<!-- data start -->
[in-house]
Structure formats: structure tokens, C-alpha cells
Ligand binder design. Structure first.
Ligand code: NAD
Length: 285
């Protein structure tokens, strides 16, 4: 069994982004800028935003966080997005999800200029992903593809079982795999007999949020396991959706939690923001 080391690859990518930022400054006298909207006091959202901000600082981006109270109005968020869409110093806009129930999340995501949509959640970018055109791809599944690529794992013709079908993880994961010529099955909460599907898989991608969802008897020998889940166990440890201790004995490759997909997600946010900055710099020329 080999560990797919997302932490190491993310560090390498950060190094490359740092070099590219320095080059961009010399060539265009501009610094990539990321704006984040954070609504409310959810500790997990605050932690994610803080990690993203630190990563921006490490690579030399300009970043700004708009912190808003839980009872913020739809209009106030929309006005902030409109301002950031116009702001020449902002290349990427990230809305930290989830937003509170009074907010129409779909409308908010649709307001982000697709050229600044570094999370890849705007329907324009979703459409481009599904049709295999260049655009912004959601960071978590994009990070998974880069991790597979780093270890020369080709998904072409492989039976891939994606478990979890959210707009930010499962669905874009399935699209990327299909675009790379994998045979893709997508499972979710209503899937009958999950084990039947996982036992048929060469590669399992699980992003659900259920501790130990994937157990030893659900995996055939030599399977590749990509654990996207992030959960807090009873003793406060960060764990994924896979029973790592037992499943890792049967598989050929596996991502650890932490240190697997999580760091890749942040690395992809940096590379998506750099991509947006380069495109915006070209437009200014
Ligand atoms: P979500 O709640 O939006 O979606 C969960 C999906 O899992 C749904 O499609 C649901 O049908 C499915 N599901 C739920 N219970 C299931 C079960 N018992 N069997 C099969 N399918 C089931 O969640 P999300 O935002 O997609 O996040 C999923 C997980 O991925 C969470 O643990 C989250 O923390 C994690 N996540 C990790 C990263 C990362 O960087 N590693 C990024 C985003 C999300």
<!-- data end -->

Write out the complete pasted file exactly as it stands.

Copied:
[in-house]
Structure formats: structure tokens, C-alpha cells
Ligand binder design. Structure first.
Ligand code: NAD
Length: 285
């Protein structure tokens, strides 16, 4: 069994982004800028935003966080997005999800200029992903593809079982795999007999949020396991959706939690923001 080391690859990518930022400054006298909207006091959202901000600082981006109270109005968020869409110093806009129930999340995501949509959640970018055109791809599944690529794992013709079908993880994961010529099955909460599907898989991608969802008897020998889940166990440890201790004995490759997909997600946010900055710099020329 080999560990797919997302932490190491993310560090390498950060190094490359740092070099590219320095080059961009010399060539265009501009610094990539990321704006984040954070609504409310959810500790997990605050932690994610803080990690993203630190990563921006490490690579030399300009970043700004708009912190808003839980009872913020739809209009106030929309006005902030409109301002950031116009702001020449902002290349990427990230809305930290989830937003509170009074907010129409779909409308908010649709307001982000697709050229600044570094999370890849705007329907324009979703459409481009599904049709295999260049655009912004959601960071978590994009990070998974880069991790597979780093270890020369080709998904072409492989039976891939994606478990979890959210707009930010499962669905874009399935699209990327299909675009790379994998045979893709997508499972979710209503899937009958999950084990039947996982036992048929060469590669399992699980992003659900259920501790130990994937157990030893659900995996055939030599399977590749990509654990996207992030959960807090009873003793406060960060764990994924896979029973790592037992499943890792049967598989050929596996991502650890932490240190697997999580760091890749942040690395992809940096590379998506750099991509947006380069495109915006070209437009200014
Ligand atoms: P979500 O709640 O939006 O979606 C969960 C999906 O899992 C749904 O499609 C649901 O049908 C499915 N599901 C739920 N219970 C299931 C079960 N018992 N069997 C099969 N399918 C089931 O969640 P999300 O935002 O997609 O996040 C999923 C997980 O991925 C969470 O643990 C989250 O923390 C994690 N996540 C990790 C990263 C990362 O960087 N590693 C990024 C985003 C999300």